and used through this suite of utilities.

It’s important to get the network configuration right (as shown below) so Envoy works alongside your TCP/IP stack.

security features. Now give the Amiga on which you're performing the installation a name, this must be unique on your network so, for example, you could call one Amiga “A1200” and the other “AmigaOne" or you could use something much more creative!

The next question is the type of network configuration, if you have some Amigas all connected to the same network then you want to choose “Simple Network” here. Please note you should still choose “Simple” if your network is connected to the Internet, so long as you don't want to share your Envoy services over the Internet. Set your Amiga’s network address to the last portion of its IP address, for example if your Amiga is set this to “1”. We will amend this to the full IP address later.

If you're lucky enough to be using one of the Ethernet cards listed by the installer select it on the next installer page, if not choose “Other Card”. If you choose “Other” proceed past the message about SANAII devices and select the driver for your network card from the list. On the AmigaOne the driver is “eth3com.device”, PCMCIA network cards often use “cnet.device” and Amithlon uses either “powerne2k.device” or “amithlon1_net.device”.

Now we come to the important steps to make Envoy work alongside your TCP/IP stack. For “type number of IP packets”, make sure the value is set to “2049”, if it is not, amend the value. On the next page check “type number of ARP packets” is “2055”. And that’s the configuration done, the installer will now copy over Envoy’s files and offer to reboot the Amiga. I would choose to

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Winter ED04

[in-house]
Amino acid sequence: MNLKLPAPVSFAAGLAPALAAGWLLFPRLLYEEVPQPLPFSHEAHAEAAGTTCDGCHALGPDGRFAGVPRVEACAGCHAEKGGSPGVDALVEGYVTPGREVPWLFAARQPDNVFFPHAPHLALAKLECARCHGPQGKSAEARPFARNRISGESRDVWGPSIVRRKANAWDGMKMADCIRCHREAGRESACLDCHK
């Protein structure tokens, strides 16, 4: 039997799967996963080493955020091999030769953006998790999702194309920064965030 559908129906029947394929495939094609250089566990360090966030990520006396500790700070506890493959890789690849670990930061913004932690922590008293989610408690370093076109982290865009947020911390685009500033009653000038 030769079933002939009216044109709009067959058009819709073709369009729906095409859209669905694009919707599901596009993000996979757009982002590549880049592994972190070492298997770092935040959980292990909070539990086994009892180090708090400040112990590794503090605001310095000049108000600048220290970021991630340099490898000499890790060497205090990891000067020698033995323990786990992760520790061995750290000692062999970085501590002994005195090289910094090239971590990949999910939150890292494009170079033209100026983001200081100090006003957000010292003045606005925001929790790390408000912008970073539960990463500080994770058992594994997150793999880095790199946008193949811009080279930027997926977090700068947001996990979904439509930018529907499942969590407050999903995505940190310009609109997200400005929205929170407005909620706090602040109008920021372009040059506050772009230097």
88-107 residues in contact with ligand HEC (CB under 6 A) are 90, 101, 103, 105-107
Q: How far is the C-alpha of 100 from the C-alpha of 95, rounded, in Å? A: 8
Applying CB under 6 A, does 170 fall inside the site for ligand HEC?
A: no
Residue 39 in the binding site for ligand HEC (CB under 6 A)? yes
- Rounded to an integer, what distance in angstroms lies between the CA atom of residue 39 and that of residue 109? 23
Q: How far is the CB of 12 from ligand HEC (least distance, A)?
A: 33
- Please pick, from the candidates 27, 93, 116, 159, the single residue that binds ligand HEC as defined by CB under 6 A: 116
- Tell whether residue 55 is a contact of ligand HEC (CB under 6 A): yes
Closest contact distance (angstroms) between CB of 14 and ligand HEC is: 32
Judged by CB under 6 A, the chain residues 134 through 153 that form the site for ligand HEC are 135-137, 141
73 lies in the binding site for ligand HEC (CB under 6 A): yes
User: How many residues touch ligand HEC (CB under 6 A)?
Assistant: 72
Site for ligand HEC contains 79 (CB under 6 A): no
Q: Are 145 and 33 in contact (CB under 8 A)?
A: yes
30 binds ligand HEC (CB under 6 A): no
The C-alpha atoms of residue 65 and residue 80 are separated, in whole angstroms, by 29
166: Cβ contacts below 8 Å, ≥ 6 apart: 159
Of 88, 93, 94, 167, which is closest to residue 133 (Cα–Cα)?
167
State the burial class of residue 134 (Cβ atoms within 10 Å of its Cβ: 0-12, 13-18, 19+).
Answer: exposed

“Abort Install” at this stage as we still have the Envoy 3.1 patch to install.

De-archive the “Envoy3_1 Update.Iha” file you downloaded from Aminet and run the installer for your language. Proceed through the installation as you did originally, but, when asked, choose to “Update” your current installation. Continue with the rest of the process and this time let the installer reboot your Amiga at the end.

Setting Up

With Envoy installed you will have to do some setup, but the process is relatively harmless and simple enough. There is a whole bunch of documentation on the CD which is installed into the Envoy directory, and this extensive system covers every single inch of the program and its configuration.

The first thing we need to do is to make sure that the network hardware is working and the installation of Envoy has not caused any problems. If your network allows access to the Internet, open up your web browser or an FTP program and try to connect to a site. In the web browser you could choose www.totalamiga.org, and the page should load. This verifies that the networking system is correct, and it should be tried on all other Amigas which are to be Envoy equipped.

So now we know that the network all works, let's check Envoy itself. Open up the Envoy directory and then go into the “Configuration” drawer. Here is where the different parts of the Envoy system can be altered and set up to suit your particular application. Open the “Network Configuration” program. It will ask you for a password, and the default username and password is “Admin" and “Admin” respctively. These are case sensitive, so type them exactly as shown. The first page is the “Host Configuration”, this is where the “Host Name” (the name of this computer) and “Owner” are specified. No two machines on the network can have the same host name, so think about the symantics of the network a little and plan it out. Clicking the “Option Page” cycle gadget takes us to the “Device Configuration” page. Here you should see an interface

Filesystem Imports

Host: AmigaOneXE

Select Host..

Available Volumes


Import the drives you want to access from the remote Amiga.

Configure the exports on the Amiga whose drives you wish to access.


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in the list on the left of the window which was added during installation, by default it is called “ifaceO”.

To edit the “ifaceO” interface click on it in the list, the IP address needs to be set, or at least checked, as this is the way machines are identified, so again each IP address must be unique. Check the “IP address” shown for this interface matches that set in your TCP/IP stack, if it does not change it. The last page, “Gateway Configuration”, can be left blank. If you have changed any setting make sure you exit the program using the “Save” button.